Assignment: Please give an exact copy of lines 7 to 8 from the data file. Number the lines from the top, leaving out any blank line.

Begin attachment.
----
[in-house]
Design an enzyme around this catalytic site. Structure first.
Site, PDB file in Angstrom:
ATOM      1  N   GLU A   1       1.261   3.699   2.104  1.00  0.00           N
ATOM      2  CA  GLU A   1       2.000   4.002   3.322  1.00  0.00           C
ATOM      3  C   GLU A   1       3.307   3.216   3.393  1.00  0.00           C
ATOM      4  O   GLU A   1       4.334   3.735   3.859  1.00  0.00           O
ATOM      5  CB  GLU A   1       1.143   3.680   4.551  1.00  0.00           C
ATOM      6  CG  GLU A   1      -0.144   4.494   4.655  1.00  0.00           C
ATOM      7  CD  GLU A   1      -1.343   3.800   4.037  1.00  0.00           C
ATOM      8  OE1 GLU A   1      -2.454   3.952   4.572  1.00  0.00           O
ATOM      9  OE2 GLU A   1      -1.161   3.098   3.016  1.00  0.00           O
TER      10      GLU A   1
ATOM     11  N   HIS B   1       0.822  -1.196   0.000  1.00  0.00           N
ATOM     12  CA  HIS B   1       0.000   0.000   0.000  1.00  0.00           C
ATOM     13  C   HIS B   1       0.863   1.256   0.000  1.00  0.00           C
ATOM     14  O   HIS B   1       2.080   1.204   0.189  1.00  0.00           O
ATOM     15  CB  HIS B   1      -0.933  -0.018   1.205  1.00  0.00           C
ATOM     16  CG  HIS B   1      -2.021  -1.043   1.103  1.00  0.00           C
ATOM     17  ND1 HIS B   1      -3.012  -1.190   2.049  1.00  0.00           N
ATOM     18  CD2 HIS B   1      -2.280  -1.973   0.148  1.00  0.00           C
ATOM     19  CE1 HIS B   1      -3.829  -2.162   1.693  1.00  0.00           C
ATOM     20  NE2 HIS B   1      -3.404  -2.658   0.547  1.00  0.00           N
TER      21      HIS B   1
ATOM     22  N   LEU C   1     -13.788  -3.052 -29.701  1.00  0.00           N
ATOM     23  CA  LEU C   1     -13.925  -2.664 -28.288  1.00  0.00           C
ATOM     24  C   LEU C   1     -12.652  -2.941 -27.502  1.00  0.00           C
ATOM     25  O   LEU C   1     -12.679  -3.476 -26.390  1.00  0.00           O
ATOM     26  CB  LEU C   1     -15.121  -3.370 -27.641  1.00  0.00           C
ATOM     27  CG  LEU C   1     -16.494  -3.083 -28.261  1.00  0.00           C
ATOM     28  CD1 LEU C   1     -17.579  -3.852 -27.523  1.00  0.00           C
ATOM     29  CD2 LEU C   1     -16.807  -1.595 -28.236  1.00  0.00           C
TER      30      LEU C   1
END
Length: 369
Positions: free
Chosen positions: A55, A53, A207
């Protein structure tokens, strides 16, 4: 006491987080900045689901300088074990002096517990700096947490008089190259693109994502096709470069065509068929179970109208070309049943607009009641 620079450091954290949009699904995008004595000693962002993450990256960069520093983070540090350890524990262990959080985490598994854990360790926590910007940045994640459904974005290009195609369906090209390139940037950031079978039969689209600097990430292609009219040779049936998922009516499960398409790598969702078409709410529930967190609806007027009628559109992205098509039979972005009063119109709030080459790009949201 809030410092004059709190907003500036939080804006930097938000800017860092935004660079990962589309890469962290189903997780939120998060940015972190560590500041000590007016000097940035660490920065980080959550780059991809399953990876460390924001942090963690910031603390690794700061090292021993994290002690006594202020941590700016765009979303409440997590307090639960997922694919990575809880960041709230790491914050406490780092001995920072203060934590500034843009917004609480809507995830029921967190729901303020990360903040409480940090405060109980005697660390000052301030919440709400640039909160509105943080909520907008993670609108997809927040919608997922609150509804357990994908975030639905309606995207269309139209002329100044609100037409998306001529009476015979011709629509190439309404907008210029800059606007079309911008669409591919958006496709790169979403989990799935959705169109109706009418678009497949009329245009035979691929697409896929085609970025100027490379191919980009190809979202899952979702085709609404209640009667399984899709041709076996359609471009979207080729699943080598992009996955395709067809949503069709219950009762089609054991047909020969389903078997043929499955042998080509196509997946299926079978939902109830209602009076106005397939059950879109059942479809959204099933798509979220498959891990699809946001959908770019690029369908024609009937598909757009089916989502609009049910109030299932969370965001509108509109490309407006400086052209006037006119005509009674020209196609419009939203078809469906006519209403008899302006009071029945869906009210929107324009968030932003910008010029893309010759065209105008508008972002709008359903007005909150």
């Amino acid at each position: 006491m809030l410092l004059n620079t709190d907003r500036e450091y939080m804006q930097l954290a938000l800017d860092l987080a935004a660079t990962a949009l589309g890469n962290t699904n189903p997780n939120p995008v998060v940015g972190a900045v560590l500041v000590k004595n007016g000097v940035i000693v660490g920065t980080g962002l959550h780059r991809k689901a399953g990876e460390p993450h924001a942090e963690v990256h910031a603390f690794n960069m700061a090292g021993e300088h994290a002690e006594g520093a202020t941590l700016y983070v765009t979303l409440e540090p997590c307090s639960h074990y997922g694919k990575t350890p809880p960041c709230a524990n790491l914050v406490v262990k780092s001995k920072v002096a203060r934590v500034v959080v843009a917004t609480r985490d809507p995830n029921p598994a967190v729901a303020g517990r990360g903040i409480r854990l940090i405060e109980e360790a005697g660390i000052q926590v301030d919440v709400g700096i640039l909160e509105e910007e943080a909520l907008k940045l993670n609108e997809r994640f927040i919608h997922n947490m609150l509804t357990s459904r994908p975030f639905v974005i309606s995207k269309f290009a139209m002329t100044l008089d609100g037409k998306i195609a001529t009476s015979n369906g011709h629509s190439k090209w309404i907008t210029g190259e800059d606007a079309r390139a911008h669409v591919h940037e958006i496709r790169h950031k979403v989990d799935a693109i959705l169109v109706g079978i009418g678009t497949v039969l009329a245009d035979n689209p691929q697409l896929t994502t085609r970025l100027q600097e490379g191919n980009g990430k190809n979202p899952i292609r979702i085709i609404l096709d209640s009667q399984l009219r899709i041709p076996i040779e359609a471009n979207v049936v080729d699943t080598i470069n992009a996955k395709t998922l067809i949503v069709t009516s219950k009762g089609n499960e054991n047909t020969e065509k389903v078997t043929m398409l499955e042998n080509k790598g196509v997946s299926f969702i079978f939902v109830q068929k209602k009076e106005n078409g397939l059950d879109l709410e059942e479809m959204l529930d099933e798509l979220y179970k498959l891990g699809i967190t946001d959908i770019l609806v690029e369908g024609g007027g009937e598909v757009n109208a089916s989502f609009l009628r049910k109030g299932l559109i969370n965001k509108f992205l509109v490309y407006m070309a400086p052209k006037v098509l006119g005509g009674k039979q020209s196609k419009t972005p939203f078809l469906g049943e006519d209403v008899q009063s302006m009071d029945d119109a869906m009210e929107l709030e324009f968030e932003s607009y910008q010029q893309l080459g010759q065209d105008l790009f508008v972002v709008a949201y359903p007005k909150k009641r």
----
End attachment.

ATOM      4  O   GLU A   1       4.334   3.735   3.859  1.00  0.00           O
ATOM      5  CB  GLU A   1       1.143   3.680   4.551  1.00  0.00           C